Monday, June 15, 2009

Day 11- Bone Trail Campground


First off, for all those following closely, the spot beacon is having problems with signal quality in this remote section of the journey. Therefore, the GPS updater for Joe is behind. He is currently camped 4 miles west of Bone Trail Campground on Fort Peck Lake, Montana.

The satellite phone service is not the best of quality in this section as well. He is having a few issues charging the phone battery, so our conversations, as of late, have been short.

A view of Fort Peck Lake

I spoke with him briefly yesterday afternoon, as he had settled into camp at Devil’s Creek Campground. It was another long day; he was trying to put as many miles in as he could before the thunderstorms were set to hit the region. Joe was very optimistic, even after these successive 50+ mile paddling days. The approach to the lake was awesome; it was a meandering path through the marshes and delta. The marsh was full of wildlife; the mallard ducks were huge in number, flocks all around the kayak. He mentioned that there were also plenty of beavers on this side of Fort Peck Lake, contributing to a picturesque day on approach to Fort Peck Lake.

Today, when I spoke to Joe, he seemed a little more frustrated at the progress he was making. He was only able to manage an 18 mile day as there was a strong headwind coming off the lake that made travel very difficult. He told me that tomorrow would be an early one, in an attempt to beat the headwind and hopefully make more progress than today. Fort Peck Lake is his first real reservoir challenge and he is enjoying it, regardless of the extra effort he is putting in. The updates will probably be brief until he makes it to the other side of the reservoir, where there might be better service.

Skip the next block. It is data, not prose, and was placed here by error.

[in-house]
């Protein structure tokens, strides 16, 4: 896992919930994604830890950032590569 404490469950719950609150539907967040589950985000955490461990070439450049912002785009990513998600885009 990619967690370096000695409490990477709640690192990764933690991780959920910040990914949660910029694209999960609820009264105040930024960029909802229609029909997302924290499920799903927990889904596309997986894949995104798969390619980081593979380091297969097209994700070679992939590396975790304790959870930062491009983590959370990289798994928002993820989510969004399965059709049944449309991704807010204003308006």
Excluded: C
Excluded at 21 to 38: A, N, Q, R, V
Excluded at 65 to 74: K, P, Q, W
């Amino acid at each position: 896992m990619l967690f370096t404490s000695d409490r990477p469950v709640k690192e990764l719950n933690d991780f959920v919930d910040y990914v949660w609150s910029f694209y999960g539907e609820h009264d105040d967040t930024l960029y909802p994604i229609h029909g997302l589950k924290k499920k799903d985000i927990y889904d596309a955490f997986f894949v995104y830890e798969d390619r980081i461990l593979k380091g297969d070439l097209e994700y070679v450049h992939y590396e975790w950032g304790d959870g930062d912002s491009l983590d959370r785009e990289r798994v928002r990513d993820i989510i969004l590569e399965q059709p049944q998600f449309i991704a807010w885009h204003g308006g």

Joe made time to mention one of the water’s more unique creatures, the American paddlefish. They are a unique type of fish, a ray-finned fish under the classification Chondrostei, which also includes the sturgeon. It is prized for its caviar as well as great sport fishing, however; normal lures do not work with it as it is a filter feeder. The most reliable method is to snag the fish, which can grow to enormous sizes, up to 220 lbs. The population has been altered by the appearance of dams throughout the Missouri, but the population is not in danger of extinction.

An American Paddlefish

I will to update the blog on a regular basis in the coming days with Joe’s actual location on the Lake, as the spot beacon will be in and out of service. Hope everyone had a great weekend, despite the Lakers winning and the Red Wings losing, but there is always next season (and onto football season and the Broncos!)

Paddle on,

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